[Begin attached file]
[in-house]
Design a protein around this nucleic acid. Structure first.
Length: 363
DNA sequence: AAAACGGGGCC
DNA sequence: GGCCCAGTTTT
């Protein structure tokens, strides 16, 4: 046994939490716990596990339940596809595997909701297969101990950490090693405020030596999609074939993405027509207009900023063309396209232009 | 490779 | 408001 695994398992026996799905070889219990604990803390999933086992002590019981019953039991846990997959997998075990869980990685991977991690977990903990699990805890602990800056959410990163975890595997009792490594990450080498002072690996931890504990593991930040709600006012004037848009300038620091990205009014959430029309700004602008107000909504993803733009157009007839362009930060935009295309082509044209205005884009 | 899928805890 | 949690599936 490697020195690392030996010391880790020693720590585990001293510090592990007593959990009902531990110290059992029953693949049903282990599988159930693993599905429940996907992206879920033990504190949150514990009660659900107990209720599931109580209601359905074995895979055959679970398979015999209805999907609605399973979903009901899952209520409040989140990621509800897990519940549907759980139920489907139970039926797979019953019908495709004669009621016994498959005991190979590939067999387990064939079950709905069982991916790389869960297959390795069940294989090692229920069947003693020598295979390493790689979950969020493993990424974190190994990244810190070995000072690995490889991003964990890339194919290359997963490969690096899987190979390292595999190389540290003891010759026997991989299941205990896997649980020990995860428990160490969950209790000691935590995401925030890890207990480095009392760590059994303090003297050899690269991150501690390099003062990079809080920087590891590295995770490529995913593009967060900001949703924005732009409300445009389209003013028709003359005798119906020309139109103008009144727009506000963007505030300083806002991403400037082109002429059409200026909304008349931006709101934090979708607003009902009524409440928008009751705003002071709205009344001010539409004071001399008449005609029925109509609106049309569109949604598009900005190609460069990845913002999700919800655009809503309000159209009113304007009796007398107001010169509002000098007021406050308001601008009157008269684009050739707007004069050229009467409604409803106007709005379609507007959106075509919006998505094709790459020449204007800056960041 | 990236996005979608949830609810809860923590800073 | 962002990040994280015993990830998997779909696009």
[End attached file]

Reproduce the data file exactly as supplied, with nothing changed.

[in-house]
Design a protein around this nucleic acid. Structure first.
Length: 363
DNA sequence: AAAACGGGGCC
DNA sequence: GGCCCAGTTTT
């Protein structure tokens, strides 16, 4: 046994939490716990596990339940596809595997909701297969101990950490090693405020030596999609074939993405027509207009900023063309396209232009 | 490779 | 408001 695994398992026996799905070889219990604990803390999933086992002590019981019953039991846990997959997998075990869980990685991977991690977990903990699990805890602990800056959410990163975890595997009792490594990450080498002072690996931890504990593991930040709600006012004037848009300038620091990205009014959430029309700004602008107000909504993803733009157009007839362009930060935009295309082509044209205005884009 | 899928805890 | 949690599936 490697020195690392030996010391880790020693720590585990001293510090592990007593959990009902531990110290059992029953693949049903282990599988159930693993599905429940996907992206879920033990504190949150514990009660659900107990209720599931109580209601359905074995895979055959679970398979015999209805999907609605399973979903009901899952209520409040989140990621509800897990519940549907759980139920489907139970039926797979019953019908495709004669009621016994498959005991190979590939067999387990064939079950709905069982991916790389869960297959390795069940294989090692229920069947003693020598295979390493790689979950969020493993990424974190190994990244810190070995000072690995490889991003964990890339194919290359997963490969690096899987190979390292595999190389540290003891010759026997991989299941205990896997649980020990995860428990160490969950209790000691935590995401925030890890207990480095009392760590059994303090003297050899690269991150501690390099003062990079809080920087590891590295995770490529995913593009967060900001949703924005732009409300445009389209003013028709003359005798119906020309139109103008009144727009506000963007505030300083806002991403400037082109002429059409200026909304008349931006709101934090979708607003009902009524409440928008009751705003002071709205009344001010539409004071001399008449005609029925109509609106049309569109949604598009900005190609460069990845913002999700919800655009809503309000159209009113304007009796007398107001010169509002000098007021406050308001601008009157008269684009050739707007004069050229009467409604409803106007709005379609507007959106075509919006998505094709790459020449204007800056960041 | 990236996005979608949830609810809860923590800073 | 962002990040994280015993990830998997779909696009």